Trump Briefed on Russian Bounties Report: NYT

US intelligence agencies briefed Donald Trump in late February on reports that a Russian military intelligence unit paid bounties to Taliban-linked militants to kill US and coalition troops in Afghanistan, according to two sources, reports the New York Times. The White House claims the report lacked consensus or verification, and the president did not receive a briefing. Uncertainty often surrounds such intelligence reports, and the agencies have previously submitted such sensitive matters to the president regardless. The new director of national intelligence emphasized that such leaks are a crime and added the report is still being investigated. During the 2016 presidential campaign, the intelligence community harbored deep concerns and launched investigations into officials associated with Trump. Prior to the Trump presidency, Republican candidates often ran for office on strong national-security platforms, urging protection for US troops and rapid responses to threats. In late May, Trump proposed inviting Russia to rejoin the powerful G7, but other members rejected that plan. The G7 dropped Russia after the 2014 takeover of Crimea. – YaleGlobal

Trump Briefed on Russian Bounties Report: NYT

Intelligence suggests Russia paid Taliban militants bounties to kill US troops; an investigation may focus on 2019 deaths of three Marines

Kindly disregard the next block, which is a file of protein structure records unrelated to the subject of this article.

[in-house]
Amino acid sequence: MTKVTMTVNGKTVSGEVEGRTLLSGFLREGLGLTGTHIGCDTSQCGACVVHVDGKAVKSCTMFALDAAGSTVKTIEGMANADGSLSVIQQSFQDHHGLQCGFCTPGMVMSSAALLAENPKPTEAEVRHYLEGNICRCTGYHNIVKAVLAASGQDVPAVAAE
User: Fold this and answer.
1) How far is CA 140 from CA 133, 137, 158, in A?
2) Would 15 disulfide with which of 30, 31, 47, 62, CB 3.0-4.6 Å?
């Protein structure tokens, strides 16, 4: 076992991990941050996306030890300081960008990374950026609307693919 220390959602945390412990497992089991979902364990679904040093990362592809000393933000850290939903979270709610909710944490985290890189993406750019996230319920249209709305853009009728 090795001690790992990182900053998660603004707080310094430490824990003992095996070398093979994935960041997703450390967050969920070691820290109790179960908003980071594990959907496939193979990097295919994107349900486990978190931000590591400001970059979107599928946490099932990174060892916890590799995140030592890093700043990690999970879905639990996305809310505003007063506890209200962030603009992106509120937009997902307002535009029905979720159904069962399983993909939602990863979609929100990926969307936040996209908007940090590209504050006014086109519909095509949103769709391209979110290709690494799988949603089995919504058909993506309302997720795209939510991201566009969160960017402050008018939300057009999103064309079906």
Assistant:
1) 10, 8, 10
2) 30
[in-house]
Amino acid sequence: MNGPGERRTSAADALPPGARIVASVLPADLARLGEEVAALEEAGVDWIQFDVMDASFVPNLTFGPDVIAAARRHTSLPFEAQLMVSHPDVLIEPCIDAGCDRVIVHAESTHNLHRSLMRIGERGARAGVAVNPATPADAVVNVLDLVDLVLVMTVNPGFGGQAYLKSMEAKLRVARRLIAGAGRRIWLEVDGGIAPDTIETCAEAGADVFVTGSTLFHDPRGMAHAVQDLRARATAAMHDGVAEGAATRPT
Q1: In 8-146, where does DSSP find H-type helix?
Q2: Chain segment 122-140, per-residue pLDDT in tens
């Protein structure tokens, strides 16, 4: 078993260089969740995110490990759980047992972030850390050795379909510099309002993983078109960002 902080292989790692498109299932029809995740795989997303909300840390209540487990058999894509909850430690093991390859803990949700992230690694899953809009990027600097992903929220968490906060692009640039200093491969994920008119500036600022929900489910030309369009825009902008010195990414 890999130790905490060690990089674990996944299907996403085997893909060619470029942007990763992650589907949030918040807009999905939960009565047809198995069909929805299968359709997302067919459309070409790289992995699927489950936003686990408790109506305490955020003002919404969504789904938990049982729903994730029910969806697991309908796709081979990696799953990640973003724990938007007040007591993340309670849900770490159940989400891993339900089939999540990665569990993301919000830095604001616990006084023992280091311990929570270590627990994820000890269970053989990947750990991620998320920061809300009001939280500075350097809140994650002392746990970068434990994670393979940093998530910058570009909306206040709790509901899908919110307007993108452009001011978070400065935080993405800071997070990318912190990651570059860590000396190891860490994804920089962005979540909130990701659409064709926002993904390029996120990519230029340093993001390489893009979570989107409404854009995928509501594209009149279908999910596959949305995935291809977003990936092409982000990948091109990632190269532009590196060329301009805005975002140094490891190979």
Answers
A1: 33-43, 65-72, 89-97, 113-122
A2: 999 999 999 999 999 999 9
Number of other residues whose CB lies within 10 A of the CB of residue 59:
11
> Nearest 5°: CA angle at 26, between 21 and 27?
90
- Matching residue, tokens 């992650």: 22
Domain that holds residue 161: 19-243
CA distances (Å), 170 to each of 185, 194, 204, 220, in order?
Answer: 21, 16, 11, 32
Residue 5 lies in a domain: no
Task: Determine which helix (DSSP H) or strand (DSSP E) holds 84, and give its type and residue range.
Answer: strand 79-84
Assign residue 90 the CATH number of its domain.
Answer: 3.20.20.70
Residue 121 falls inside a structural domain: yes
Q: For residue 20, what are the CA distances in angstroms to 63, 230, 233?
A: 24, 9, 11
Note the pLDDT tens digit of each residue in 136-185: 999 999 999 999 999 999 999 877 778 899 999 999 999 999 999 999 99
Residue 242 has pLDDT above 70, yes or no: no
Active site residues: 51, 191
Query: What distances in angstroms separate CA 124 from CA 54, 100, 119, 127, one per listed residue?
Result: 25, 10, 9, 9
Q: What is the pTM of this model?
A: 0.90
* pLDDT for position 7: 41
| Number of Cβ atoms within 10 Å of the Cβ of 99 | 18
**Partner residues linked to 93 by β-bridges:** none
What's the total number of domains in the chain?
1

Charlie Savage, Eric Schmitt, Nicholas Fandos and Adam Goldman
Tuesday, June 30, 2020

Read the article from the New York Times, with two sources suggesting the US president was briefed on a report that a Russia military intelligence unit was paying bounties to Taliban militants to kill US troops: “Mr. Trump is said to often neglect reading that document, preferring instead to receive an oral briefing summarizing highlights every few days. Even in those face-to-face meetings, he is particularly difficult to brief on national security matters.”

Charlie Savage is a Washington-based national security and legal policy correspondent. A recipient of the Pulitzer Prize, he previously worked at The Boston Globe and The Miami Herald. His most recent book is “Power Wars: The Relentless Rise of Presidential Authority and Secrecy.”

Eric Schmitt is a senior writer who has traveled the world covering terrorism and national security. He was also the Pentagon correspondent. A member of the Times staff since 1983, he has shared three Pulitzer Prizes.

Nicholas Fandos is a national reporter based in the Washington bureau. He has covered Congress since 2017 and is part of a team of reporters who have chronicled investigations by the Justice Department and Congress into President Trump and his administration.

Adam Goldman reports on the F.B.I. from Washington and is a two-time Pulitzer Prize winner.

Thomas Gibbons-Neff, Fahim Abed, Annie Karni and Emily Cochrane contributed reporting.

Data on photo of US soldier on patrol in Afghanistan - US Fatalities in Afghanistan  US 2020	8 2019	24 2018	14 2017	15 2016	13
US fatalities rose in 2019: US Marine on patrol in a village near Bost Kalay, Afghanistan (Source: Photo, Sgt. Sean J. Berry/US Marine Corps; data, icasualities.org)

© 2020 The New York Times Company

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